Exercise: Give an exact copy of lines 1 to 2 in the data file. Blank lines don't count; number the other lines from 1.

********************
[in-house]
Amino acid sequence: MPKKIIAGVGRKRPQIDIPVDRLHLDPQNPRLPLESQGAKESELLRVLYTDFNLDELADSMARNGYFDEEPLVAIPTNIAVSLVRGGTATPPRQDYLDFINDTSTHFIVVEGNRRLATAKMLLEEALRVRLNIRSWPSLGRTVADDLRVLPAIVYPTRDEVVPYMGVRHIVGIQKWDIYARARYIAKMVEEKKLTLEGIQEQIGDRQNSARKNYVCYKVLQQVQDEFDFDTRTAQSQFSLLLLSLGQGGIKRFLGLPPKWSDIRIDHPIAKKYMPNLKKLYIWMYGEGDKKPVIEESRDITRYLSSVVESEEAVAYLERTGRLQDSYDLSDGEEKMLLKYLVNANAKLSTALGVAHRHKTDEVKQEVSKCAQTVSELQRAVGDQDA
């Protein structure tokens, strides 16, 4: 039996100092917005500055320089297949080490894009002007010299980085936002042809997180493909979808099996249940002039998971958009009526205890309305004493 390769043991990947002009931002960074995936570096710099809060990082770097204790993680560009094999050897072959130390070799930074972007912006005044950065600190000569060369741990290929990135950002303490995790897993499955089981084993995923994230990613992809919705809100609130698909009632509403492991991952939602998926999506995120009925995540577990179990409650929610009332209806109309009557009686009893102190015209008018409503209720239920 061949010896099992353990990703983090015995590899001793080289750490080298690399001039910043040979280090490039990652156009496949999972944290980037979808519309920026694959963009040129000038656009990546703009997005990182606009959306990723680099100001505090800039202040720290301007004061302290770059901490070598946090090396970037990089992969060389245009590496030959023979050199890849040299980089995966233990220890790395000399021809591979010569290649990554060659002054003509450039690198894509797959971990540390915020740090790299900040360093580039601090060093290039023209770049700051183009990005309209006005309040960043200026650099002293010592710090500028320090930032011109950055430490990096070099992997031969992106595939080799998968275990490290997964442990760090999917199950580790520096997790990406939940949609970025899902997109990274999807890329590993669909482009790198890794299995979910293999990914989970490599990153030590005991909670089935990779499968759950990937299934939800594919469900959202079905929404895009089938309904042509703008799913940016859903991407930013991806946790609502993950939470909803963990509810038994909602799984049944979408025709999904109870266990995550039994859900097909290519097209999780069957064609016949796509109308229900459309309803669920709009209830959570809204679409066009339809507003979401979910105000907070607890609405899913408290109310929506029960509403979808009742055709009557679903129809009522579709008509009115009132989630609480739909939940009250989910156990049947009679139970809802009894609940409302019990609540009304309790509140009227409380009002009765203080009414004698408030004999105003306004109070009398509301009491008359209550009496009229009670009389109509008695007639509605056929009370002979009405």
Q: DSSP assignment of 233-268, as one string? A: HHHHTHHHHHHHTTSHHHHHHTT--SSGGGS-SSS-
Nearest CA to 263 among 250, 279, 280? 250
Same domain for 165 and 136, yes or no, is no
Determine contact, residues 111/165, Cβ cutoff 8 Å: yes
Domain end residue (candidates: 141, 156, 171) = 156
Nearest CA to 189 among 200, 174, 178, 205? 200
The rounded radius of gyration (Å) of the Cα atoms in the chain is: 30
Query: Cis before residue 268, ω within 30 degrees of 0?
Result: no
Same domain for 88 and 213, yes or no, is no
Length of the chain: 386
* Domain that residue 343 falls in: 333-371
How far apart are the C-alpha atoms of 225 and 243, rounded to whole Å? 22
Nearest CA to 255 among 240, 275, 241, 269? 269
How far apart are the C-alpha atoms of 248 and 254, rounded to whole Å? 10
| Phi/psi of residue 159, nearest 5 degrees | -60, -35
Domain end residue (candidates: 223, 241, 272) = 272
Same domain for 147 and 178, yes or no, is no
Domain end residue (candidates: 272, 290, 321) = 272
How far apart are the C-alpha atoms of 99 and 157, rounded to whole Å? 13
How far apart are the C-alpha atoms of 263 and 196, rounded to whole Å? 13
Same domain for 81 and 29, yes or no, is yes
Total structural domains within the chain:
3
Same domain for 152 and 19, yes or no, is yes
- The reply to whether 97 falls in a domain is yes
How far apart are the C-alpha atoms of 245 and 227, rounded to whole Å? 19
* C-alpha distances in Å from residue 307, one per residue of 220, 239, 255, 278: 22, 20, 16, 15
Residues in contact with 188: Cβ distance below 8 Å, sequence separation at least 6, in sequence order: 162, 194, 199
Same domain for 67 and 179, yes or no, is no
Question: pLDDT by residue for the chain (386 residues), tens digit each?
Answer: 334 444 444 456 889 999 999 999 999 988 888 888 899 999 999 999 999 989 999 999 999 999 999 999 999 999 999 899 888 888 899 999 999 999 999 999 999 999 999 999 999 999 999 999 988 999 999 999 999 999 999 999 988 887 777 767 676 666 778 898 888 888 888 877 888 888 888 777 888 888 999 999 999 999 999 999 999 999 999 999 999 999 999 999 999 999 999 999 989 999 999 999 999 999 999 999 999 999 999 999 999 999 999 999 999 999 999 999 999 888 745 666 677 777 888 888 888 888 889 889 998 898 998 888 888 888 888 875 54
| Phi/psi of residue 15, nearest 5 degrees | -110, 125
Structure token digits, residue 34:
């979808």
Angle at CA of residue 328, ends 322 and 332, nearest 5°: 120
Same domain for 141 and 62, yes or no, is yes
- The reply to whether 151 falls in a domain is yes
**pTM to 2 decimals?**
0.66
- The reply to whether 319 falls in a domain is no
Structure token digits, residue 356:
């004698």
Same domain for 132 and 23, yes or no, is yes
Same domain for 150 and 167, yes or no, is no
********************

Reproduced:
[in-house]
Amino acid sequence: MPKKIIAGVGRKRPQIDIPVDRLHLDPQNPRLPLESQGAKESELLRVLYTDFNLDELADSMARNGYFDEEPLVAIPTNIAVSLVRGGTATPPRQDYLDFINDTSTHFIVVEGNRRLATAKMLLEEALRVRLNIRSWPSLGRTVADDLRVLPAIVYPTRDEVVPYMGVRHIVGIQKWDIYARARYIAKMVEEKKLTLEGIQEQIGDRQNSARKNYVCYKVLQQVQDEFDFDTRTAQSQFSLLLLSLGQGGIKRFLGLPPKWSDIRIDHPIAKKYMPNLKKLYIWMYGEGDKKPVIEESRDITRYLSSVVESEEAVAYLERTGRLQDSYDLSDGEEKMLLKYLVNANAKLSTALGVAHRHKTDEVKQEVSKCAQTVSELQRAVGDQDA